n (pl -cies)
- 1 1.1 u c (superfluity) [formal] superfluidad (f) the apparent redundancy of this appendix la aparente superfluidad or inutilidad de este apéndiceMore example sentences1.2 u [Ling] redundancia (f) 1.3 u [Aerosp] [Comput] redundancia (f)
- The helicopter systems and components have redundancy, the duplicated systems being installed on opposite sides of the fuselage.
- Without an understanding of where breakdowns and failures occur, redundancy is the insurance policy.
- This level of redundancy exists not only at the component level, but also at the distribution level.
- 2 (BrE) [Lab Rel] u c (loss of job) despido (m), cese (m) voluntary redundancy retiro (m) voluntario or (Esp) baja (f) voluntaria (with incentives) retiro (m) incentivado or (Esp) baja (f) incentivada (before n) redundancy money o pay o payment indemnización (f) (por despido or cese), desahucio (m) (por despido or cese) (Chi)More example sentences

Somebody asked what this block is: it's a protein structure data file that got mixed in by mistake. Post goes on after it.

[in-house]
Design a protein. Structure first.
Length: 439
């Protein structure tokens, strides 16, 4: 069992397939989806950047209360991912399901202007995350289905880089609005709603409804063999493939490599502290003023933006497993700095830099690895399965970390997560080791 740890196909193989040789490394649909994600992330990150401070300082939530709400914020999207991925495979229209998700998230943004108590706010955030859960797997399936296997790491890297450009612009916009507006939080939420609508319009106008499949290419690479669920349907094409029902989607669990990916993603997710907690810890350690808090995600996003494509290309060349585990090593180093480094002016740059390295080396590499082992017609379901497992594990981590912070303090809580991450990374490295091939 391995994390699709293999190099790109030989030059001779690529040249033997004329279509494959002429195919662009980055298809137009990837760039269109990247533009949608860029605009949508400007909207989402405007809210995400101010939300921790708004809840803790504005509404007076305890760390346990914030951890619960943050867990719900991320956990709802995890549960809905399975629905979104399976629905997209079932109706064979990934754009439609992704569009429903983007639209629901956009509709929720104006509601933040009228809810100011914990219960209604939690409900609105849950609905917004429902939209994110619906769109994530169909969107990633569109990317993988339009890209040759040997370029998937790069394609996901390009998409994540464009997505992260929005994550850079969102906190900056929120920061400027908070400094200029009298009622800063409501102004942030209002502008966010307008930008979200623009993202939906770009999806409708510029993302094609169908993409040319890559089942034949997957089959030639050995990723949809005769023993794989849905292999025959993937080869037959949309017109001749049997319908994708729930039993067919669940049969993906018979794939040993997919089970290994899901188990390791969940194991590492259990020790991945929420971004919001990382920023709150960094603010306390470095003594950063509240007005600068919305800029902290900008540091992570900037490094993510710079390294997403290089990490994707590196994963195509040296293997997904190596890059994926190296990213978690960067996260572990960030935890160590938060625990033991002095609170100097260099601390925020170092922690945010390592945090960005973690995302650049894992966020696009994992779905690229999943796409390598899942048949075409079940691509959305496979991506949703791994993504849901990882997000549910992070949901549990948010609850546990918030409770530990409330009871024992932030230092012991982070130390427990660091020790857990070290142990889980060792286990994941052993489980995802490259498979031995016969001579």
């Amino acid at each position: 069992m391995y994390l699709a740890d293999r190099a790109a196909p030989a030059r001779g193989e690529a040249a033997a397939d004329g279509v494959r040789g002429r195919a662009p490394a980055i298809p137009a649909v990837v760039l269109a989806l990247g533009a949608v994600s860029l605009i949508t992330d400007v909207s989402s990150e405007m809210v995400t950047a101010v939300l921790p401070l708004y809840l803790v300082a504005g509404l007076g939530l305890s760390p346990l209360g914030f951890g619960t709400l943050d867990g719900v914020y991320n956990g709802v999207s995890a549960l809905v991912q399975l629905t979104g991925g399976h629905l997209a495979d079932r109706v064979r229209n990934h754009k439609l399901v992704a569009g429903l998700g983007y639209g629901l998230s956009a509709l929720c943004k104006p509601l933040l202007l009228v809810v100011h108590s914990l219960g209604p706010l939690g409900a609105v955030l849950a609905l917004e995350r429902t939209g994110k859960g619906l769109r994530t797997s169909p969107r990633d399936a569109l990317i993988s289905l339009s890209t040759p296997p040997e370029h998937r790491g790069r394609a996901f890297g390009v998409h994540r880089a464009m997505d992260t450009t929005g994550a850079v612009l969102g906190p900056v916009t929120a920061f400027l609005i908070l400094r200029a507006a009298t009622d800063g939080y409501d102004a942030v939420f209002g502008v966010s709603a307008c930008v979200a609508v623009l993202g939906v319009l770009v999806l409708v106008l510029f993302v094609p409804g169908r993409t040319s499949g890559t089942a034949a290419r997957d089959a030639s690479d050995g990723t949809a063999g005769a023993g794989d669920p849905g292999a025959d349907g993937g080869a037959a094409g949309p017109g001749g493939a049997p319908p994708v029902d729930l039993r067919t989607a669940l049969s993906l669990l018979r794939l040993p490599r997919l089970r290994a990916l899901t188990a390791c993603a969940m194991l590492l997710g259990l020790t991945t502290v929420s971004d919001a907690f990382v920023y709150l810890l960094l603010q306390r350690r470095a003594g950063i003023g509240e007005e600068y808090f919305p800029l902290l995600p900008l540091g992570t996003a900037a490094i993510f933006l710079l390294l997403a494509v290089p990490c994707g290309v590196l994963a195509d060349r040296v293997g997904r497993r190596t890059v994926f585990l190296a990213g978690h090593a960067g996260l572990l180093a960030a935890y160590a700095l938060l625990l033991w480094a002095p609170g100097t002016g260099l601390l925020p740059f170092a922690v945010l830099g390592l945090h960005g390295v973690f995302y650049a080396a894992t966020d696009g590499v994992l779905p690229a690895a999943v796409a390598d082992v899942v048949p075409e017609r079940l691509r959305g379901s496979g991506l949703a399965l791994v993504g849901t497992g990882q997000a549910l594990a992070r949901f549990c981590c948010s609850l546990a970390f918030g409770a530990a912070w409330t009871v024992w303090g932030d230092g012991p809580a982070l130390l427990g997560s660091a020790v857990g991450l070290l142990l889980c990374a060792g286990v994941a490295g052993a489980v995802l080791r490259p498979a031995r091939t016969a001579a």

- The march was led by a contingent of Fiat car workers who are fighting redundancies.
- Mr Moss said voluntary redundancies were preferable over compulsory redundancies.
- However, bosses have told workers that they are not planning any compulsory redundancies.
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Each of the 55 different administrative areas into which Spain is divided is called a provincia. Each provincia includes a main city or town, sometimes more, depending on its social and economic power. The provincial capital usually has the same name as the province.